Third track Side Effect opens with the same drums that ended the track prior, before bringing in the vocals, and adding guitars part by part, which eventually culminates in a huge sounding section. It slows back down, with the vocals again taking the center stage of the track. The track utilises every instrument of the band brilliantly, with a superb sounding bassline in the background throughout. The bridge of the song shows off the young band’s guitar skills, with around 30 seconds of pure guitar based work playing, to which the track completely slows down, and fades into the final track on the EP, and lead single, Sinking. 

This track opens up with a quiet riff, before quickly building up to an arena sized rock sounding opening section, an impressive feat for the young alt 5 piece. It’s easy to hear the absolute skill that has gone into the production of the album, with instruments fading in and out almost seamlessly. This is down to the superb work of Mark Morrow Audio. The song has an amazing sounding section building up to the chorus, which is very reminiscent of bands such as Vistas and Fatherson. The chorus itself is again nothing but utter musical class, using highs and lows of the vocalist’s ability to uniquely create a beautiful, unique sound. It’s easy to see that the band have written the bridge of the song in order to be played live, building bit by bit before jumping into what would be a jumpy moment for any crowd.  

The EP ends on what the band are brilliant at – using harmonies effectively, something many big bands try hard to master. If this EP is anything to go by, Stop The Rain are going to sky rocket in the Scottish music infrastructure, and certainly be playing bigger gigs than they are just now.

9/10

The Sinking EP is due to be released on all major platforms on the 15th September and is also available for pre order on the band’s website.

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EP Review: Motion – S/T

By Liam Menzies (@blnkclyr)

When it comes to the Scottish music scene, there are certain genres that seem to get more love than others. Glitzy indie rock? You’ll be struggling not to find one. Blackgaze, post-metal? Not so much. One that seems to be floating somewhat in the middle is shoegaze, something you might have expected to be more prevalent than any considering one of Scotland’s biggest bands, both commercially and critically, are The Jesus and Mary Chain.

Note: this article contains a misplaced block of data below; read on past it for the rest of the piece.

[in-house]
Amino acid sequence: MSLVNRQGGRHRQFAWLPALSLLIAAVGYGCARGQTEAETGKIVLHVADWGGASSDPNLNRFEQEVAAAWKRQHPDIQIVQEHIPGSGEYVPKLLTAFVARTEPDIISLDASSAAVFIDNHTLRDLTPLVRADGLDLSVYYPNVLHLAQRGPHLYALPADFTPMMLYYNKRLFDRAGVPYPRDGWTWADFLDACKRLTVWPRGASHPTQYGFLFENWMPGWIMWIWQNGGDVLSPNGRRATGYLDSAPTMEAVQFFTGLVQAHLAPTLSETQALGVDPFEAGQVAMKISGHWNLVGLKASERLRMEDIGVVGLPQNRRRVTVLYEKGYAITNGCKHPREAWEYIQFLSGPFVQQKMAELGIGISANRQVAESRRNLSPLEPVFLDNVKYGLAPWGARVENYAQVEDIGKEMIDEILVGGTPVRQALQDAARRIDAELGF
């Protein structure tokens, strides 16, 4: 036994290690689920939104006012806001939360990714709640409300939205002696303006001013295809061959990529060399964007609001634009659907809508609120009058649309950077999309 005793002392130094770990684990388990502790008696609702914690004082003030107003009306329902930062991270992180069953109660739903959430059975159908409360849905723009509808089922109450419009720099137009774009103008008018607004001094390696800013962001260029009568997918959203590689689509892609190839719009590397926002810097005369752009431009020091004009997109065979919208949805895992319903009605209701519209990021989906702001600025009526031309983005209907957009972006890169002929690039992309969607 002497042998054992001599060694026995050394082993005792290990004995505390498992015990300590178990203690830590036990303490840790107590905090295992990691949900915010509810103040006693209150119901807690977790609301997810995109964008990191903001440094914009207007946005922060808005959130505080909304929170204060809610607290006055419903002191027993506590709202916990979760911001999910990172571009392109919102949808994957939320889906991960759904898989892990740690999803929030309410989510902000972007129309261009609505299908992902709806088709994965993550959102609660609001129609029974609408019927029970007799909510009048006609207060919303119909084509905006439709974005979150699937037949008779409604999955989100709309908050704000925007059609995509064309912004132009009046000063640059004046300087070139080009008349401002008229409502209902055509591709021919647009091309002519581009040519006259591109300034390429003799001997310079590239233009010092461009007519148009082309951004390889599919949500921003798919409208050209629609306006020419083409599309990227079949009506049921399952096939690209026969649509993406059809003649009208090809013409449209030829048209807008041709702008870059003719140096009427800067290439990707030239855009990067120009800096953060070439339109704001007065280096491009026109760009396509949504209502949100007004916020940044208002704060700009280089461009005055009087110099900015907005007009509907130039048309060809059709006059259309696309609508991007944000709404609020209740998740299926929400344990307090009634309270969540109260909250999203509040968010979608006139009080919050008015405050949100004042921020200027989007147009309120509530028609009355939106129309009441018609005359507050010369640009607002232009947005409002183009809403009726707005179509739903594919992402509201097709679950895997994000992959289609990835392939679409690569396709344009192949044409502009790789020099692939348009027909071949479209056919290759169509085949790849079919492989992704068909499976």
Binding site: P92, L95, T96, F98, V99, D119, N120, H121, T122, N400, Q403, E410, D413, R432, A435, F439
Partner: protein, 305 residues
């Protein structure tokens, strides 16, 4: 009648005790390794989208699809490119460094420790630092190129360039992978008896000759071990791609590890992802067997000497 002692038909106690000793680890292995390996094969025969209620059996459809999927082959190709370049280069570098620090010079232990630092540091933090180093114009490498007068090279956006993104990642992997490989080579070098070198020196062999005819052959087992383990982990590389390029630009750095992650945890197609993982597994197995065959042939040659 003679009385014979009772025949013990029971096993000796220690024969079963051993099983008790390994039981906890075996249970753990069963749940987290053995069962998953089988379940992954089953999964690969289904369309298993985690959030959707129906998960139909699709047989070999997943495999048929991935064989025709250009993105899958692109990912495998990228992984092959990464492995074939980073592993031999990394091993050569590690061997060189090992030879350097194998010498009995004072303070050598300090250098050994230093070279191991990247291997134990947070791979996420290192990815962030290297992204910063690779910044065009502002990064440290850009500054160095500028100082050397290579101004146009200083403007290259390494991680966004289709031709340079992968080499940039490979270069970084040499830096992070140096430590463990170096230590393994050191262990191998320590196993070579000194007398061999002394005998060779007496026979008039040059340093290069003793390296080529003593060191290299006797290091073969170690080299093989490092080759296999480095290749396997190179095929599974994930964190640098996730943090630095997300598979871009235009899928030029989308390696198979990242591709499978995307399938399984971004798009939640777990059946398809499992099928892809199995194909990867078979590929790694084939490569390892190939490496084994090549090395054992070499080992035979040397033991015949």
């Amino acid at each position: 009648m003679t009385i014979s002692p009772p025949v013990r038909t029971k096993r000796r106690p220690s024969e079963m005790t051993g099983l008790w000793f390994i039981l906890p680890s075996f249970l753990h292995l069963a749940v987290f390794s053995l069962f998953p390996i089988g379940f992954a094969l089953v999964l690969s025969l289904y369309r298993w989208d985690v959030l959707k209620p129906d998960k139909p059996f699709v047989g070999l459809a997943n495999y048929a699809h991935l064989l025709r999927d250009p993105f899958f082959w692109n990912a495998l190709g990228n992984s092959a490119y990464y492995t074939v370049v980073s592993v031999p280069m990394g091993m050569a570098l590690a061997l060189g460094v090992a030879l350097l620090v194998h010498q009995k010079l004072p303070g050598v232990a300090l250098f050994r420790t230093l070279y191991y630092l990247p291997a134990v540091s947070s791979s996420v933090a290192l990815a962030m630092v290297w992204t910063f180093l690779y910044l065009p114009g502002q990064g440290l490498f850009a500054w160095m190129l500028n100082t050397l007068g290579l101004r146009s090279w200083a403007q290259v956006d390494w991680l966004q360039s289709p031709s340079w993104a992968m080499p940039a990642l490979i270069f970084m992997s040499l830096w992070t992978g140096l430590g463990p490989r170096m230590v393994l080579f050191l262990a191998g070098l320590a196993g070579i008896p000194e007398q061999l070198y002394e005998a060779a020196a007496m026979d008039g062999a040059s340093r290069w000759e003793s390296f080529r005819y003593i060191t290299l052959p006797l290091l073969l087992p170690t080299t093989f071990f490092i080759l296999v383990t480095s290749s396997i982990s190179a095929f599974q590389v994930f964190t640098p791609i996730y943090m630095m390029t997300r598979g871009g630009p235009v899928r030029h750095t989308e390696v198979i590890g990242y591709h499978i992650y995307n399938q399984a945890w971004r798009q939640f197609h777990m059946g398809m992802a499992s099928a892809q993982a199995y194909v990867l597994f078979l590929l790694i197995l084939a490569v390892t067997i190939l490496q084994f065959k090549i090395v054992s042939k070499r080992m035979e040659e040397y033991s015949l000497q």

You could probably count the number of up and coming bands in this genre on one hand, Edinburgh based three piece band Motion resting on your index finger. While the act go by the indie title, shoegaze is a vital element on all four songs of their self titled EP – right off the bat, Myths kicks things off with Paul Band’s vocals warped in the traditional style along with some gradually paced guitars. The influences may be apparent but it’s a solid start to an EP that tries and, for the most part, succeeds in being varied and entertaining. 

A point made about the band’s prior single I Can Hear You Coming was that despite it being a solid track, it didn’t do very much to help the band stand out against their contemporaries, regardless of how few there are. Queue Into The Lense, the EP’s second track that washes its vocals of their wishy washy tinge to allow Band to sing about what can be described as a shot at the vain pop culture we experience.

Lines about giving all you got to keep them, presumably higher ups and the media, smiling and glasses full of tears give a real image of the sheer emotional stress that keeping up appearances, regardless if you’re a celebrity or not, can cause. It’s a class example of how Motion are using this rich tapestry of sounds as a platform for something more interesting as opposed to making it the sole attraction, allowing some analytical and descriptive lines akin to the likes of Morrissey.

Closing track Everything helps the EP to leave a sweet taste in your mouth. Succeeding Who, not a weak song by any means but one that keeps a loose grip on you throughout, Everything is arguably the best written track Motion have came out with thus far, moving along at a solid pace but doing enough instrumentally that you never feel your attention floating anywhere that the band don’t want it do.

There’s a near minute long clash of drums and guitars as the conclusion draws near, the band exerting all remaining energy. Motion may have started off with a light fizzle but much like the finale of their debut EP, the band show they’re more than capable of going out with a bang.

7/10


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EP Review: Atlas Run – Depths

By Liam Menzies (@blnkclyr

Burying their way into your skin without a moment’s hesitation with an infectious song is a feat many bands aspire to but very few manage to achieve. That’s not to say that acts who fail to do so are bad, more that the challenge of getting someone to put a song of yours on loop is increasingly more difficult in the digital age, especially when you’re a small act who have only recently just started having a stab at the whole “making music” thing.